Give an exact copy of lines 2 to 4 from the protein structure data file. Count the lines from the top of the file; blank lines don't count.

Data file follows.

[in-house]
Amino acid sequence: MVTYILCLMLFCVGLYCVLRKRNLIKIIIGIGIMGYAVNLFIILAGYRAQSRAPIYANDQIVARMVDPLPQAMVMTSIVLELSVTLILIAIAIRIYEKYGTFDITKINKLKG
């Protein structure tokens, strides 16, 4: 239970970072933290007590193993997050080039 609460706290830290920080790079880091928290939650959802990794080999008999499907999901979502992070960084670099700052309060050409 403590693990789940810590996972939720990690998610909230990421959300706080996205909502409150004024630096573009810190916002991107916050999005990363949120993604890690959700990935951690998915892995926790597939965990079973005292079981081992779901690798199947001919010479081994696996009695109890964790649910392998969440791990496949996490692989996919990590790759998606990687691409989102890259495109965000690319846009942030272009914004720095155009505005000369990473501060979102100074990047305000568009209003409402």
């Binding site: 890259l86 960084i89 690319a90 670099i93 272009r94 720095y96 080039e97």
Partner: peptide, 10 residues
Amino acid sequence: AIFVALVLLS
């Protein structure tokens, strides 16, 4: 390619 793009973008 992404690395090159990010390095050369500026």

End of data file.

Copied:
Amino acid sequence: MVTYILCLMLFCVGLYCVLRKRNLIKIIIGIGIMGYAVNLFIILAGYRAQSRAPIYANDQIVARMVDPLPQAMVMTSIVLELSVTLILIAIAIRIYEKYGTFDITKINKLKG
């Protein structure tokens, strides 16, 4: 239970970072933290007590193993997050080039 609460706290830290920080790079880091928290939650959802990794080999008999499907999901979502992070960084670099700052309060050409 403590693990789940810590996972939720990690998610909230990421959300706080996205909502409150004024630096573009810190916002991107916050999005990363949120993604890690959700990935951690998915892995926790597939965990079973005292079981081992779901690798199947001919010479081994696996009695109890964790649910392998969440791990496949996490692989996919990590790759998606990687691409989102890259495109965000690319846009942030272009914004720095155009505005000369990473501060979102100074990047305000568009209003409402």
């Binding site: 890259l86 960084i89 690319a90 670099i93 272009r94 720095y96 080039e97």